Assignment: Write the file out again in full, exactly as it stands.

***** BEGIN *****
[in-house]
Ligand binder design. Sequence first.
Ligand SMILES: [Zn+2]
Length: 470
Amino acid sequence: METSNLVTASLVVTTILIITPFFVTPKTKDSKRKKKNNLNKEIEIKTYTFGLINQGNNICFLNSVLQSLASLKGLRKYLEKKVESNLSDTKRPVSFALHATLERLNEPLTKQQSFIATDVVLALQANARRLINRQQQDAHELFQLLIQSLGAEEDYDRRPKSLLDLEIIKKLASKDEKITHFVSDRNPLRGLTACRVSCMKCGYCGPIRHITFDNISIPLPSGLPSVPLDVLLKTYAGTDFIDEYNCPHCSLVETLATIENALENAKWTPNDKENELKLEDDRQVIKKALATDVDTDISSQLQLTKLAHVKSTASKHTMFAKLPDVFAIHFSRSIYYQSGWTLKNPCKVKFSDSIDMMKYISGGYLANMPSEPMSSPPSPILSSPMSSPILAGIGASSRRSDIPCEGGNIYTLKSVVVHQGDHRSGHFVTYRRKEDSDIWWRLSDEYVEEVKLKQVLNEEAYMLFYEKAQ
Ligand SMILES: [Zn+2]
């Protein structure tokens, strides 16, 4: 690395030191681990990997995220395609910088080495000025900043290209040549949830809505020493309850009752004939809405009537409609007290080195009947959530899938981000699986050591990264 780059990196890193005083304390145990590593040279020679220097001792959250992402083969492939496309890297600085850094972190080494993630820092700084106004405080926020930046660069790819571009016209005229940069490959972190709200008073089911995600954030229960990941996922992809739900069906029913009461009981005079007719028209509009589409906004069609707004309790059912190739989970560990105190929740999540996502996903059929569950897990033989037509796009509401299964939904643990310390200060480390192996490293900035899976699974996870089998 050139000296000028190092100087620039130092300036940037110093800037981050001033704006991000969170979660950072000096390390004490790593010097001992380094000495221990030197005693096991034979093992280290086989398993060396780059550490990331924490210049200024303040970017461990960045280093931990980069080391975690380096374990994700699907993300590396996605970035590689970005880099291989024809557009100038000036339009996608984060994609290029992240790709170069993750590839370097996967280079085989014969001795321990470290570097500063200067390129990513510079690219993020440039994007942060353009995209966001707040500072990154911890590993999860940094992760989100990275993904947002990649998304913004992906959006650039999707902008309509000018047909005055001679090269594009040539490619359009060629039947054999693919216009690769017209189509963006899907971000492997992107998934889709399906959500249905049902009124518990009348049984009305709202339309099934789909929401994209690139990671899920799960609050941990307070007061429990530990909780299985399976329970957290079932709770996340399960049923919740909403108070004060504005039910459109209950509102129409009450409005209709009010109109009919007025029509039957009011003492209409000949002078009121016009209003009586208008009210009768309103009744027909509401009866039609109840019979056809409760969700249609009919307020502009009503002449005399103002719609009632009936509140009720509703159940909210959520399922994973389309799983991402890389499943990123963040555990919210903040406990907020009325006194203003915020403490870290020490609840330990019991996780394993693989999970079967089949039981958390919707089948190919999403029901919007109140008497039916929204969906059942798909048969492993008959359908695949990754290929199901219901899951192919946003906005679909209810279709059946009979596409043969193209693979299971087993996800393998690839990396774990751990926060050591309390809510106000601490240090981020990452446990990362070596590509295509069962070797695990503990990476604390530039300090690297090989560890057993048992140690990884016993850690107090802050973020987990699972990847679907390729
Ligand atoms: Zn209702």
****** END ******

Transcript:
[in-house]
Ligand binder design. Sequence first.
Ligand SMILES: [Zn+2]
Length: 470
Amino acid sequence: METSNLVTASLVVTTILIITPFFVTPKTKDSKRKKKNNLNKEIEIKTYTFGLINQGNNICFLNSVLQSLASLKGLRKYLEKKVESNLSDTKRPVSFALHATLERLNEPLTKQQSFIATDVVLALQANARRLINRQQQDAHELFQLLIQSLGAEEDYDRRPKSLLDLEIIKKLASKDEKITHFVSDRNPLRGLTACRVSCMKCGYCGPIRHITFDNISIPLPSGLPSVPLDVLLKTYAGTDFIDEYNCPHCSLVETLATIENALENAKWTPNDKENELKLEDDRQVIKKALATDVDTDISSQLQLTKLAHVKSTASKHTMFAKLPDVFAIHFSRSIYYQSGWTLKNPCKVKFSDSIDMMKYISGGYLANMPSEPMSSPPSPILSSPMSSPILAGIGASSRRSDIPCEGGNIYTLKSVVVHQGDHRSGHFVTYRRKEDSDIWWRLSDEYVEEVKLKQVLNEEAYMLFYEKAQ
Ligand SMILES: [Zn+2]
């Protein structure tokens, strides 16, 4: 690395030191681990990997995220395609910088080495000025900043290209040549949830809505020493309850009752004939809405009537409609007290080195009947959530899938981000699986050591990264 780059990196890193005083304390145990590593040279020679220097001792959250992402083969492939496309890297600085850094972190080494993630820092700084106004405080926020930046660069790819571009016209005229940069490959972190709200008073089911995600954030229960990941996922992809739900069906029913009461009981005079007719028209509009589409906004069609707004309790059912190739989970560990105190929740999540996502996903059929569950897990033989037509796009509401299964939904643990310390200060480390192996490293900035899976699974996870089998 050139000296000028190092100087620039130092300036940037110093800037981050001033704006991000969170979660950072000096390390004490790593010097001992380094000495221990030197005693096991034979093992280290086989398993060396780059550490990331924490210049200024303040970017461990960045280093931990980069080391975690380096374990994700699907993300590396996605970035590689970005880099291989024809557009100038000036339009996608984060994609290029992240790709170069993750590839370097996967280079085989014969001795321990470290570097500063200067390129990513510079690219993020440039994007942060353009995209966001707040500072990154911890590993999860940094992760989100990275993904947002990649998304913004992906959006650039999707902008309509000018047909005055001679090269594009040539490619359009060629039947054999693919216009690769017209189509963006899907971000492997992107998934889709399906959500249905049902009124518990009348049984009305709202339309099934789909929401994209690139990671899920799960609050941990307070007061429990530990909780299985399976329970957290079932709770996340399960049923919740909403108070004060504005039910459109209950509102129409009450409005209709009010109109009919007025029509039957009011003492209409000949002078009121016009209003009586208008009210009768309103009744027909509401009866039609109840019979056809409760969700249609009919307020502009009503002449005399103002719609009632009936509140009720509703159940909210959520399922994973389309799983991402890389499943990123963040555990919210903040406990907020009325006194203003915020403490870290020490609840330990019991996780394993693989999970079967089949039981958390919707089948190919999403029901919007109140008497039916929204969906059942798909048969492993008959359908695949990754290929199901219901899951192919946003906005679909209810279709059946009979596409043969193209693979299971087993996800393998690839990396774990751990926060050591309390809510106000601490240090981020990452446990990362070596590509295509069962070797695990503990990476604390530039300090690297090989560890057993048992140690990884016993850690107090802050973020987990699972990847679907390729
Ligand atoms: Zn209702």